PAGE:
Evidence indicates that brain biochemistry is a significant factor in depressive disorders. It is known, for example, that individuals with major depressive illness typically have too little or too much of certain brain chemicals, called neurotransmitters. Additionally, sleep patterns, which are biochemically influenced, are typically different in people with mood disorders. Depression can be induced or alleviated with certain medications, and some hormones have mood-altering properties. What is not yet known is whether the 'biochemical disturbances' of depression are of genetic origin, or are secondary to stress, trauma, physical illness, or some other environmental condition.
Significant loss, a difficult relationship, financial problems, or a major change in life pattern have all been cited as contributors to depressive illness. Sometimes the onset of depression is associated with acute or chronic physical illness. In addition, some form of substance abuse disorder occurs in about one third of people with any type of depressive disorder.
Persons with certain characteristics--pessimistic thinking, low self-esteem, a sense of having little or no control over life events, and proneness to excessive worrying--are more likely to develop depression. These attributes may heighten the effect of stressful events or interfere with taking action to cope with them or with getting well. Upbringing or sex role expectations may contribute to the development of these traits. It appears that negative thinking patterns typically develop in childhood or adolescence.
It is known that far more women than men are sexually abused as children. Studies show that women molested as children are more likely to have clinical depression at some time in their lives than those with no such history. In addition, there appears to be a higher incidence of depression among women who were raped as adults. Women who experience other, commonly occurring forms of abuse, such as physical abuse and sexual harassment on the job, also may experience higher rates of depression. It has been suggested that abuse may lead to depression by fostering low self- esteem, a sense of helplessness, self-blame, and social isolation.
Reaping the benefits of treatment begins by recognizing the signs of depression. The list of symptoms can be useful for this purpose.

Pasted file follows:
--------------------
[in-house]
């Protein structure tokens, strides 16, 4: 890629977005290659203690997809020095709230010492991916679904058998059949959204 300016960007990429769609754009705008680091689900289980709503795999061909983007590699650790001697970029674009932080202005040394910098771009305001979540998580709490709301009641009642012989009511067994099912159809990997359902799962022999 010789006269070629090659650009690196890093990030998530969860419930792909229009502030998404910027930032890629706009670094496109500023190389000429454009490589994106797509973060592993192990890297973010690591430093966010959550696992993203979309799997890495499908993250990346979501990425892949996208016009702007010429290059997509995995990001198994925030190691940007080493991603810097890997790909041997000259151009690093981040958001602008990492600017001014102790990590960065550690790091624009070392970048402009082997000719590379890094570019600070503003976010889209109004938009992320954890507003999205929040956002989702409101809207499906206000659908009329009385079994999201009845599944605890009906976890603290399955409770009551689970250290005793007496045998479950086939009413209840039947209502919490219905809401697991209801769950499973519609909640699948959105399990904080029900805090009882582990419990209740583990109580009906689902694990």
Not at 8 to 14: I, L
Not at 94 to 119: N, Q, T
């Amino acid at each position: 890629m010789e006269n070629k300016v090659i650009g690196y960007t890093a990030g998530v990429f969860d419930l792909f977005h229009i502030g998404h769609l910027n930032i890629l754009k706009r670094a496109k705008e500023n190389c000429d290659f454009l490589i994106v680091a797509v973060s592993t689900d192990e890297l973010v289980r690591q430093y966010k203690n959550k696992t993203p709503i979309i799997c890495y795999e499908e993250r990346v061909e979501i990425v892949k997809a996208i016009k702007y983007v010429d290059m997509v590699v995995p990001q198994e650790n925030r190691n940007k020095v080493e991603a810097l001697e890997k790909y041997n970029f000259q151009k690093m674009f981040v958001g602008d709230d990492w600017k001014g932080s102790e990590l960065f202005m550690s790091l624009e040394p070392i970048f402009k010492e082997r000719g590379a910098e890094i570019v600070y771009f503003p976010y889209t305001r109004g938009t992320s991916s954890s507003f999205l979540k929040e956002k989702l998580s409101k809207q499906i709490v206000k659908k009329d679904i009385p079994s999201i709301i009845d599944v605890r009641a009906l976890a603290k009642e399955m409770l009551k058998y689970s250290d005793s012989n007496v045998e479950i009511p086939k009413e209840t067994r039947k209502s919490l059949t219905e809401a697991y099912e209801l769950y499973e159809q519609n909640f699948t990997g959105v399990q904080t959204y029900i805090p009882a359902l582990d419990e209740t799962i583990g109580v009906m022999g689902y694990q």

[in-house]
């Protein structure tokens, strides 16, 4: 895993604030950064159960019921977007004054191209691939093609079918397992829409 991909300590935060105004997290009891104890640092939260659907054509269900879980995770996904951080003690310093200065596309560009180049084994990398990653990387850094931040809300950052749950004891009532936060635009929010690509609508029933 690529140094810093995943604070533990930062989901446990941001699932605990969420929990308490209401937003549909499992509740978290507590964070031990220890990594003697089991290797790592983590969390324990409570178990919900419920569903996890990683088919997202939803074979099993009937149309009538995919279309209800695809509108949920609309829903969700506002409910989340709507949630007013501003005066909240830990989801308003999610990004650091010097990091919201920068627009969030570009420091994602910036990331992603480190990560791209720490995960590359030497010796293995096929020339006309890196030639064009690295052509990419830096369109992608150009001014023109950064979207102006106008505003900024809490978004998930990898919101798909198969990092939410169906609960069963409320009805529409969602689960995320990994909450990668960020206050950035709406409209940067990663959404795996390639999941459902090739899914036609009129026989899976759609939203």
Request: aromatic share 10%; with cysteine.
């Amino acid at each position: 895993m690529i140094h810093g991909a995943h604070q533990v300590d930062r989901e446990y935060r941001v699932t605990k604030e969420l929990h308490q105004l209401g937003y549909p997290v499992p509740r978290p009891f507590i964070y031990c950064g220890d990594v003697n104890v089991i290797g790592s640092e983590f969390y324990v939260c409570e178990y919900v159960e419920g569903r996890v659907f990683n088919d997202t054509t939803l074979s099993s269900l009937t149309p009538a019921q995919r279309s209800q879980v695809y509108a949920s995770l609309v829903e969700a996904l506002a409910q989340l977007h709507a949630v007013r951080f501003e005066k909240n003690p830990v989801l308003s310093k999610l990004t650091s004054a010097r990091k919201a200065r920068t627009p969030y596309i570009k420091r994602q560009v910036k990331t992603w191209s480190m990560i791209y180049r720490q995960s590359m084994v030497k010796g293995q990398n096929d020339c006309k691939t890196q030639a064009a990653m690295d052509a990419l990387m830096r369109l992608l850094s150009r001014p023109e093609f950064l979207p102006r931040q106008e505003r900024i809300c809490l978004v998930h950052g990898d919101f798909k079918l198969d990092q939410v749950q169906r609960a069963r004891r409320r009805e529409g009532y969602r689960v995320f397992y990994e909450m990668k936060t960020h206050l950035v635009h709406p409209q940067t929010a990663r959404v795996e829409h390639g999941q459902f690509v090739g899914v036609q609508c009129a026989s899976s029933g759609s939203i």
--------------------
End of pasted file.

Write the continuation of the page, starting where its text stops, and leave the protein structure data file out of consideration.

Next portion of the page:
The next step is to be evaluated by a qualified professional. Depression can be diagnosed and treated by psychiatrists, psychologists, clinical social workers, and other mental health professionals, as well as by primary care physicians.
Treatment is a partnership between the patient and the health care provider. An informed consumer knows her treatment options and discusses concerns with her provider as they arise.
If you don't feel some improvement after several weeks of treatment, or if symptoms worsen, discuss this with your treatment provider. Trying another treatment approach, or getting a second opinion from another health or mental health professional, may be in order.
Depressive illnesses make you feel exhausted, worthless, helpless and hopeless. Such feelings make some people want to give up. It is important to realize that these negative views are part of the depression and will fade as treatment begins to take effect.
Along with professional treatment, there are other things you can do to help yourself get better. Some people find participating in support groups very helpful. It may also help to spend some time with other people and to participate in activities that make you feel better, such as mild exercise. Just don't overdo it or expect too much from yourself right away. Feeling better takes time. Your treating professional can also suggest other self-help strategies.
The most important thing anyone can do for the depressed person is to help him or here get appropriate diagnosis and treatment. This may involve encouraging the person to seek professional help or to stay in treatment once it is instituted.
The second most important thing is to offer emotional support. This involves understanding, patience, affection, and encouragement. Engage the depressed person in conversation or activities and be gently insistent if you meet with resistance. Remind that person that with time and help, he or she will feel better.
From: "Depression: What Every Woman Should Know" National Institutes of Mental Health